Four-time Tour de France champion Chris Froome and 2018 winner Geraint Thomas's absence from the formidable Team Ineos line-up for this year's race ushers in a new era with the accent on youth.
Defending champion Egan Bernal of Colombia and highly-rated Russian Pavel Sivakov are both 23 whilst last year's Giro d'Italia champion Richard Carapaz of Ecuador is 27.
Both 35-year-old Froome and Thomas, 34, have been set targets of achieving a team Grand Tour cleansweep with the former in the Vuelta a Espana (October 20 to November 8) and the latter the Giro (October 3-25).
Their absence means there will be no serious British contender for the yellow jersey for the first time since Bradley Wiggins won La Grande Boucle in 2012.
Six of the team's seven victories in the past eight Tours were thanks to a British rider.
Froome will not get the chance to bring down the curtain on his hugely-successful spell with Ineos (formerly Team Sky) with a tilt for a fifth Tour yellow jersey as he "needs more time", according to team principal Dave Brailsford.
Froome has been trying to get back to peak condition after he was involved in a high-speed crash at last year's Criterium du Dauphine which came close to ending his career.
However, Froome, who broke his neck, femur, elbow, hip and ribs in the crash, conceded he is not in the shape required for the gruelling race which gets underway in Nice on August 29.
"I've had an incredible recovery from the big crash I had last year and I'm in a very fortunate position to be back racing now already," said Froome, who will be bidding to add a third Vuelta to his laurels having won in 2011 and 2017.
"But I'm not confident that I can really fulfil the necessary job that would be needed from me at this year's Tour de France.
"I think it's a lot more realistic targeting the Vuelta a Espana.
"It gives me a chance to really get stuck into something that's deliverable."
Brailsford had been fulsome in his praise of Froome when announcing the line-up even though relations are said to have been strained when the team decided not to renew his contract earlier this year.
Froome -- who had been with the team since it came into being in 2010 -- will ride for Israel Start Up Nation next season.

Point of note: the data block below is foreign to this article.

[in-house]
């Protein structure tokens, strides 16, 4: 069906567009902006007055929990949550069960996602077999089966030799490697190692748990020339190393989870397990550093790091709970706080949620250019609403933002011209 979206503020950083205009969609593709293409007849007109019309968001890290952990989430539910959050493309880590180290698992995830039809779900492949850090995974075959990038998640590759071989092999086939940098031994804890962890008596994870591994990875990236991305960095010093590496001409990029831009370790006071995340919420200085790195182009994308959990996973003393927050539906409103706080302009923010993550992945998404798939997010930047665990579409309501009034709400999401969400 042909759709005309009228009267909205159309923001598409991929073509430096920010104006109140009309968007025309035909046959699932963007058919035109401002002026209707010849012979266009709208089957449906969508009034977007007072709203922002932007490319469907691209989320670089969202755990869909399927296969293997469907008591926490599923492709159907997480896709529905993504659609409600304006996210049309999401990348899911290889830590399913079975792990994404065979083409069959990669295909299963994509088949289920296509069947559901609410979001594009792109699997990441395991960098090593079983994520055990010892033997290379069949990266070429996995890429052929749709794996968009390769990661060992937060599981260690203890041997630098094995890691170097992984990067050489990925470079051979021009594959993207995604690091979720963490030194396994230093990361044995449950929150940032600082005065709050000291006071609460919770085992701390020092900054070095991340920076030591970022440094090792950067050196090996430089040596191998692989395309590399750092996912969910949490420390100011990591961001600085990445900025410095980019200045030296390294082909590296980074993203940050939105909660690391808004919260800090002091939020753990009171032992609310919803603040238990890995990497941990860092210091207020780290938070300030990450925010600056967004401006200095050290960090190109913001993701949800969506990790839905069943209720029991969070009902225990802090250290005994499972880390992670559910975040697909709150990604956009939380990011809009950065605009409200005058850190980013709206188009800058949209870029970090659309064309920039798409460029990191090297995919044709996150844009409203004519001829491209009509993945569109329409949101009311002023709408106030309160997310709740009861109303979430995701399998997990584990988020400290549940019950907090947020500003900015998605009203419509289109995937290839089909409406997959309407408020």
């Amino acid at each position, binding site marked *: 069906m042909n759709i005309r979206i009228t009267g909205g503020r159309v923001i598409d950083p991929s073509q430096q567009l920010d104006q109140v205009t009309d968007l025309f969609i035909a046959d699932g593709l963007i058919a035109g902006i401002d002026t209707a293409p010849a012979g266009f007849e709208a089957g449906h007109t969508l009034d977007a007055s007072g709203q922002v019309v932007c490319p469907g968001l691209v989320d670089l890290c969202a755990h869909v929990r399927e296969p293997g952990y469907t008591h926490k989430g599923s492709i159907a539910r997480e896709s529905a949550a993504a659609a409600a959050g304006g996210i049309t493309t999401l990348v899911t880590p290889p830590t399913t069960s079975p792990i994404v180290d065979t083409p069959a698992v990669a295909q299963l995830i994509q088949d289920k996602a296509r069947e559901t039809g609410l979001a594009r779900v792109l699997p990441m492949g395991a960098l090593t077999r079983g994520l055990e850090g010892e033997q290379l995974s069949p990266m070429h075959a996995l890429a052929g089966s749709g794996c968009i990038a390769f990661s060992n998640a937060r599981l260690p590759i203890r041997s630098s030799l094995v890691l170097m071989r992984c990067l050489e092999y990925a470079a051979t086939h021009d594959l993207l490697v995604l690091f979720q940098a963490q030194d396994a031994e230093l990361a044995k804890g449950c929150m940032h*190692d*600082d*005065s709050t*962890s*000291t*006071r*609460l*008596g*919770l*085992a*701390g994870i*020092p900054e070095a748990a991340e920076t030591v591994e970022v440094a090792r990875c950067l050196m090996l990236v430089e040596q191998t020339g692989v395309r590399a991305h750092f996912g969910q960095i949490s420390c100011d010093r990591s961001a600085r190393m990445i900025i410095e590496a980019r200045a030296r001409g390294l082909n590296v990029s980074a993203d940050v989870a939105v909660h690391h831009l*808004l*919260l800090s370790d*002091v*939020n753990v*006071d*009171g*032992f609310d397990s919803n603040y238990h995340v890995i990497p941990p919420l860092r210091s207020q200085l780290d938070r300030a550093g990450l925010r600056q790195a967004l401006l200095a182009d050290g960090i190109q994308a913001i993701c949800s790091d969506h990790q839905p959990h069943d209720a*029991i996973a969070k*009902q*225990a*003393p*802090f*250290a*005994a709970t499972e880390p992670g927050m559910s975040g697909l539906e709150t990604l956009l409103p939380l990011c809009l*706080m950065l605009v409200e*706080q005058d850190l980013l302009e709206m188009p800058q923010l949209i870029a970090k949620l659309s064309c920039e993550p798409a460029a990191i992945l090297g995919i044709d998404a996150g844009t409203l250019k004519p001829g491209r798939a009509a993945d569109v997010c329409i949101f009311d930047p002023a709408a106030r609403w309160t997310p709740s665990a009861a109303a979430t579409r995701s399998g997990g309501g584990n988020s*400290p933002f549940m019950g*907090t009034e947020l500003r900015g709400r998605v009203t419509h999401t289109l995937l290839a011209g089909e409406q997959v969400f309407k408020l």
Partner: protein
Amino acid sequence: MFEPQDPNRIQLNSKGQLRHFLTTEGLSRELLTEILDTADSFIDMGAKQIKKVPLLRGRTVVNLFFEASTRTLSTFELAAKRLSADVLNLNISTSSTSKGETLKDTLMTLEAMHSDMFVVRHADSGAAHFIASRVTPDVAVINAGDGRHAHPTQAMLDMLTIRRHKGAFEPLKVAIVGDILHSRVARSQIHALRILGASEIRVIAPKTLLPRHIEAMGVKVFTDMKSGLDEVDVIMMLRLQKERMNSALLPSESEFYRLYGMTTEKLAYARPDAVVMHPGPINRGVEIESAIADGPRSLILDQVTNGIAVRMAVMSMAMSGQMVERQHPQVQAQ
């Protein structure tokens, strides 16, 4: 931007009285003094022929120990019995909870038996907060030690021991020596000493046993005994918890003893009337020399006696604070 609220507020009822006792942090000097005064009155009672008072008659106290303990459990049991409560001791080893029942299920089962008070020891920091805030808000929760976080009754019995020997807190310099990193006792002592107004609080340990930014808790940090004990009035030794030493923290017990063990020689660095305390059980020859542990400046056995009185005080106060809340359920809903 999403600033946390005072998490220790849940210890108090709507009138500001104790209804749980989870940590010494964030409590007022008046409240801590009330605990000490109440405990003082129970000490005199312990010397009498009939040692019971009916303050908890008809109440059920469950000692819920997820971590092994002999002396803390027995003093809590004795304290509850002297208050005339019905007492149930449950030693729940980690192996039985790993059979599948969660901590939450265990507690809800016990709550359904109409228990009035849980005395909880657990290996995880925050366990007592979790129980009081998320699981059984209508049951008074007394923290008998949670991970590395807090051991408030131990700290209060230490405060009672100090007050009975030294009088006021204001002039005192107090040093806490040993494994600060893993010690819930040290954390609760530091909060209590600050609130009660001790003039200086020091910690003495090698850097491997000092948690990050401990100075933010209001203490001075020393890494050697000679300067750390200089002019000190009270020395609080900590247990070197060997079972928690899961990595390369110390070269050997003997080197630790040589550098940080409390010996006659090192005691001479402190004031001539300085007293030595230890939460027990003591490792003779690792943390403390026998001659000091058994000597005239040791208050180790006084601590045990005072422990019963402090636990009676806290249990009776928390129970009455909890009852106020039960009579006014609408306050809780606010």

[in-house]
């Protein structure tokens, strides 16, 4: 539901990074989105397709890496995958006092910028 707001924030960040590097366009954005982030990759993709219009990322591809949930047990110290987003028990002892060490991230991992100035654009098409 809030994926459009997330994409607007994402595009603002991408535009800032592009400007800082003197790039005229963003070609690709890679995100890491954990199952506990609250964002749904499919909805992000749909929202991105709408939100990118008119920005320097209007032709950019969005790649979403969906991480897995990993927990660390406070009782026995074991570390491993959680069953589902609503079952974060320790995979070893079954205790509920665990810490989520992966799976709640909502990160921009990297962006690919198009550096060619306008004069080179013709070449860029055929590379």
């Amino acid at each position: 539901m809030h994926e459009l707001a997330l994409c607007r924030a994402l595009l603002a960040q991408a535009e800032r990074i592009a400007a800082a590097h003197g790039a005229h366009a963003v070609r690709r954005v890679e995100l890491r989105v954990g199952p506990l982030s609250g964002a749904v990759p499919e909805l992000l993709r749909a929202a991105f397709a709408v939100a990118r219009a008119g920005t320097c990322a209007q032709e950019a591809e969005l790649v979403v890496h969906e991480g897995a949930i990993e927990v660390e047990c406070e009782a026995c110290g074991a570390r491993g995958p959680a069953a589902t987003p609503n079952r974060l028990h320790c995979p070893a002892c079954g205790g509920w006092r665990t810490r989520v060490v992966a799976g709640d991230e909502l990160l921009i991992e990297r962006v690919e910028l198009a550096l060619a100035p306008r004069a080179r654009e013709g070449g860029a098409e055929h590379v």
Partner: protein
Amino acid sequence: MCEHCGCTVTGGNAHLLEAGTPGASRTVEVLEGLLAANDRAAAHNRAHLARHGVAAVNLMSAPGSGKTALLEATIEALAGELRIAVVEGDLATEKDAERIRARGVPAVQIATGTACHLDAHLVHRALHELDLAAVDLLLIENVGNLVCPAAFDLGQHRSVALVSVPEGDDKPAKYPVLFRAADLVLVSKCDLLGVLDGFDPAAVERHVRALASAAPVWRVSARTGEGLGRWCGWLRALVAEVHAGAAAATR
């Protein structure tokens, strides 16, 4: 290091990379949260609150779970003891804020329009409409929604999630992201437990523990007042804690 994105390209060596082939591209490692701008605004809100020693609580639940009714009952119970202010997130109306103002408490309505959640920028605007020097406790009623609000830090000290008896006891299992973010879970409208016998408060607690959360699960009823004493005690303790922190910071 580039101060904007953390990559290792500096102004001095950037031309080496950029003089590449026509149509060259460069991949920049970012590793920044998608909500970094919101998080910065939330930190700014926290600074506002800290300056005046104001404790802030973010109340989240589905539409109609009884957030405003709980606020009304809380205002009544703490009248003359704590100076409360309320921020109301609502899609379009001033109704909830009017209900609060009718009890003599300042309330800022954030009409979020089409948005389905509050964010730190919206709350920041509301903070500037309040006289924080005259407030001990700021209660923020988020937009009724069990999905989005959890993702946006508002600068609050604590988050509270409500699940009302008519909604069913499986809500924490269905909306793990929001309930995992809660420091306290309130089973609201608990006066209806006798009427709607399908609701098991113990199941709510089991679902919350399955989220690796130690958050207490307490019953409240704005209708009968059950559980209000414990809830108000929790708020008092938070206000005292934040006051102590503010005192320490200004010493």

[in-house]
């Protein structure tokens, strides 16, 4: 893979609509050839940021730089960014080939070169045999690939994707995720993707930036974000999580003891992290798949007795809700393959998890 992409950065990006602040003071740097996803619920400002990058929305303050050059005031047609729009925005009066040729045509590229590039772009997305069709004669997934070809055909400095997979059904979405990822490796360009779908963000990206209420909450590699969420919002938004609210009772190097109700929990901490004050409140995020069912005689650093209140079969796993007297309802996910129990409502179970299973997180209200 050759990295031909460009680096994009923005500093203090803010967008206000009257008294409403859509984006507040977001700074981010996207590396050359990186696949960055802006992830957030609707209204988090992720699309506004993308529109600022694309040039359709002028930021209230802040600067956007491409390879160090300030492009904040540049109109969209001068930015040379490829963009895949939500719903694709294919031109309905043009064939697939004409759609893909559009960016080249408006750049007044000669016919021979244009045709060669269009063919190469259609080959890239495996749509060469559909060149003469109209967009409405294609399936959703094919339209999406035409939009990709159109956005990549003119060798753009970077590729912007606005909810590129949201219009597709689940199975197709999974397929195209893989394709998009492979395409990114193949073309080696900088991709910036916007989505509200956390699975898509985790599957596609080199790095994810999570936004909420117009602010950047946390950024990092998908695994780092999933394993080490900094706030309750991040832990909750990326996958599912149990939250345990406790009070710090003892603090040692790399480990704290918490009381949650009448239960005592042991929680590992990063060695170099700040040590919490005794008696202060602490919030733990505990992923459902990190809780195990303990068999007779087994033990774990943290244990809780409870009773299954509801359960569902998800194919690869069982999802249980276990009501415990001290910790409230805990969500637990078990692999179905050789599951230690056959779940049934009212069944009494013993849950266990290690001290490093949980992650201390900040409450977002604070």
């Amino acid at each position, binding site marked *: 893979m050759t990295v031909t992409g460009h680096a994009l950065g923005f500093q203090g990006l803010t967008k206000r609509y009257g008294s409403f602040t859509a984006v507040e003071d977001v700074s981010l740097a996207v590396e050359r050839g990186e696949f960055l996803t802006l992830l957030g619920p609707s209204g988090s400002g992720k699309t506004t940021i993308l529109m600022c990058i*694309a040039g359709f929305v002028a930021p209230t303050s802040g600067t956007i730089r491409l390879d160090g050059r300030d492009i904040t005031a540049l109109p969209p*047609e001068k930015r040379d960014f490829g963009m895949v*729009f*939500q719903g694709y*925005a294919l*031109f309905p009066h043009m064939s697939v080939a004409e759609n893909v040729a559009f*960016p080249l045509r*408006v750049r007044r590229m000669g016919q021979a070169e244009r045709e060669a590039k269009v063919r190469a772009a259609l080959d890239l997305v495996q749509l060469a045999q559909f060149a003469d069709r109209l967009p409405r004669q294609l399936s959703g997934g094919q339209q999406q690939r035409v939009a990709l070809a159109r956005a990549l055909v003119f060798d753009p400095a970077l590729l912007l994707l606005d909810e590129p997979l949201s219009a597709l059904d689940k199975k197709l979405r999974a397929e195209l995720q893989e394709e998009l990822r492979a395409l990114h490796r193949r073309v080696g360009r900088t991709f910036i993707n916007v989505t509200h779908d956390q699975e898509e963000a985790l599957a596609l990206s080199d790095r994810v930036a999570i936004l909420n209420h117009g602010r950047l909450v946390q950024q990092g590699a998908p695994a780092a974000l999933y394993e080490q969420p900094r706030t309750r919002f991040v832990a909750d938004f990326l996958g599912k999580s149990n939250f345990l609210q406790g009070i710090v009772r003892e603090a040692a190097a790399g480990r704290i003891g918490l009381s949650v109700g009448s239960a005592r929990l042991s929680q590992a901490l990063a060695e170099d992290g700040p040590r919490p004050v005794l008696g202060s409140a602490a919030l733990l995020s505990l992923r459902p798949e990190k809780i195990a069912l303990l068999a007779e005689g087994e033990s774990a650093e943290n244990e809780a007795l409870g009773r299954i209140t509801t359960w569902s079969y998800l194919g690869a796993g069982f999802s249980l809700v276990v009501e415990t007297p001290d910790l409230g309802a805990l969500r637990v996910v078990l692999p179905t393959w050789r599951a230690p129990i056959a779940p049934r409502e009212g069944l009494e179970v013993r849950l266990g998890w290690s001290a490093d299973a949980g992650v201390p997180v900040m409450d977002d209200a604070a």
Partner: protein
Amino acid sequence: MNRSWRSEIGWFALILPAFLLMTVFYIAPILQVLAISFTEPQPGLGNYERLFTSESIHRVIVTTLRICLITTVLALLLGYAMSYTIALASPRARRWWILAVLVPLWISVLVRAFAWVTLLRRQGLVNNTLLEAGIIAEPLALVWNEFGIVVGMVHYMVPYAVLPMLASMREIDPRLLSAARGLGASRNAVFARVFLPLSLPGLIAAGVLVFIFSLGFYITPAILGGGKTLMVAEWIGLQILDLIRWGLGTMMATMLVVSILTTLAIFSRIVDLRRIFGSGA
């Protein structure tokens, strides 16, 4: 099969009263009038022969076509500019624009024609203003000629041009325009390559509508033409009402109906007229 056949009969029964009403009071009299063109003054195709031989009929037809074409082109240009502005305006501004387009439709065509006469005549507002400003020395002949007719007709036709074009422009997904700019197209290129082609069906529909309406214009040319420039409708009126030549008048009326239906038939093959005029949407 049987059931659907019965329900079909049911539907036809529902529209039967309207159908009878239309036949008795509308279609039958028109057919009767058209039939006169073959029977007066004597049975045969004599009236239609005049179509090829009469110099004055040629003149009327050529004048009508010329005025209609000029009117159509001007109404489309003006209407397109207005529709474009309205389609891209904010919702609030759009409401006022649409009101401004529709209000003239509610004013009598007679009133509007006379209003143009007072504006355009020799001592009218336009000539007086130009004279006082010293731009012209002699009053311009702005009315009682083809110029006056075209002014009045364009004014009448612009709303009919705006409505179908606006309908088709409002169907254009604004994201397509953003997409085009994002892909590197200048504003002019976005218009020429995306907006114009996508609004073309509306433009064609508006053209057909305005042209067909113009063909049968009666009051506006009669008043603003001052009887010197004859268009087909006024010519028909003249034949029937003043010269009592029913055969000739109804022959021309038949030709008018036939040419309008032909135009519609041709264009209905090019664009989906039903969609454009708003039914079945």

"Chris is a legend of our sport, a true champion who has demonstrated incredible grit and determination to come back from his crash last year.
"We want to support him to compete for another Grand Tour title and the Vuelta gives him that little bit more time to continue his progress to the top level."
- 'Some sort of positive' -
Thomas will target the Giro bidding to become the first Welshman to win it.
Thomas looked on the bright side of the new challenge that lay ahead for him.
"It's nice to finally just have a firm plan in place and know exactly what I'm doing, and try to get some sort of positive out of this year," he said.
"In 2017, I was in great shape, in similar form to what I was in '18 when I won the Tour.
"The Giro ended badly that year with a crash and it's something I've always wanted to go back to."
Froome will have to wait another year and see if he can equal the record of five Tour wins jointly held by Jacques Anquetil, Eddy Merckx, Bernard Hinault and Miguel Indurain.
Bernal intimated if he was fresh enough post the Tour he might offer to help Froome in the Vuelta.
"It's a bit strange to not have G and Froomey in the Tour, but I'm really excited to see what G will do in the Giro d'Italia," said Bernal.
"Also in the Vuelta, who knows? Maybe I can go there and just try to help Froomey."
Ineos team for Tour de France
Andrey Amador (CRC), Egan Bernal (COL), Richard Carapaz (ECU), Jonathan Castroviejo (ESP), Michal Kwiatkowski (POL), Luke Rowe (GBR), Pavel Sivakov (RUS), Dylan van Baarle (NED)